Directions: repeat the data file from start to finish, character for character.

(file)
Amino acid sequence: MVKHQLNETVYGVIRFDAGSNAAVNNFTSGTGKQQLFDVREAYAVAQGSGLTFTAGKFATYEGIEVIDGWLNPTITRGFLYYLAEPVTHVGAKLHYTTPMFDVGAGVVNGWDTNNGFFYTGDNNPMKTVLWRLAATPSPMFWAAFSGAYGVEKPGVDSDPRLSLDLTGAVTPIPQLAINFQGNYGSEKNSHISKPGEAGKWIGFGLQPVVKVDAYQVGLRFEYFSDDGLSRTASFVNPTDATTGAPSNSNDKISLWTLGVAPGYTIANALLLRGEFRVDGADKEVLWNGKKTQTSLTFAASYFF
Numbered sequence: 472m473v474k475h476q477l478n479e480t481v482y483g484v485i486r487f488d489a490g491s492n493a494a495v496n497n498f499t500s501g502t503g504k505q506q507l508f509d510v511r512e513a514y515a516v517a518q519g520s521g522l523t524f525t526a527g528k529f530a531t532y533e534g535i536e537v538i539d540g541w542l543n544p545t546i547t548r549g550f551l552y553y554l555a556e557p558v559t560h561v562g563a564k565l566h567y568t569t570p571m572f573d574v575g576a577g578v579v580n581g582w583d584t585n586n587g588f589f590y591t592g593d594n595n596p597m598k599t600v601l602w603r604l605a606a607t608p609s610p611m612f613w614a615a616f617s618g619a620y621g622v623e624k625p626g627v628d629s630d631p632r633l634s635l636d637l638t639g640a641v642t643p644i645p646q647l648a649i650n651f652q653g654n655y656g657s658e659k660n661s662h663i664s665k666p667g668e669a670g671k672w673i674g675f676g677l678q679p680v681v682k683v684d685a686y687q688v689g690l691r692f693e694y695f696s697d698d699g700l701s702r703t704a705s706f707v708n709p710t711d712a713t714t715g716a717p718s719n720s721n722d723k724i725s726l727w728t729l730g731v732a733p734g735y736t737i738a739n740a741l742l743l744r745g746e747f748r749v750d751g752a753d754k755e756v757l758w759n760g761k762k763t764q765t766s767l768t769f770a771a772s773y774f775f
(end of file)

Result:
Amino acid sequence: MVKHQLNETVYGVIRFDAGSNAAVNNFTSGTGKQQLFDVREAYAVAQGSGLTFTAGKFATYEGIEVIDGWLNPTITRGFLYYLAEPVTHVGAKLHYTTPMFDVGAGVVNGWDTNNGFFYTGDNNPMKTVLWRLAATPSPMFWAAFSGAYGVEKPGVDSDPRLSLDLTGAVTPIPQLAINFQGNYGSEKNSHISKPGEAGKWIGFGLQPVVKVDAYQVGLRFEYFSDDGLSRTASFVNPTDATTGAPSNSNDKISLWTLGVAPGYTIANALLLRGEFRVDGADKEVLWNGKKTQTSLTFAASYFF
Numbered sequence: 472m473v474k475h476q477l478n479e480t481v482y483g484v485i486r487f488d489a490g491s492n493a494a495v496n497n498f499t500s501g502t503g504k505q506q507l508f509d510v511r512e513a514y515a516v517a518q519g520s521g522l523t524f525t526a527g528k529f530a531t532y533e534g535i536e537v538i539d540g541w542l543n544p545t546i547t548r549g550f551l552y553y554l555a556e557p558v559t560h561v562g563a564k565l566h567y568t569t570p571m572f573d574v575g576a577g578v579v580n581g582w583d584t585n586n587g588f589f590y591t592g593d594n595n596p597m598k599t600v601l602w603r604l605a606a607t608p609s610p611m612f613w614a615a616f617s618g619a620y621g622v623e624k625p626g627v628d629s630d631p632r633l634s635l636d637l638t639g640a641v642t643p644i645p646q647l648a649i650n651f652q653g654n655y656g657s658e659k660n661s662h663i664s665k666p667g668e669a670g671k672w673i674g675f676g677l678q679p680v681v682k683v684d685a686y687q688v689g690l691r692f693e694y695f696s697d698d699g700l701s702r703t704a705s706f707v708n709p710t711d712a713t714t715g716a717p718s719n720s721n722d723k724i725s726l727w728t729l730g731v732a733p734g735y736t737i738a739n740a741l742l743l744r745g746e747f748r749v750d751g752a753d754k755e756v757l758w759n760g761k762k763t764q765t766s767l768t769f770a771a772s773y774f775f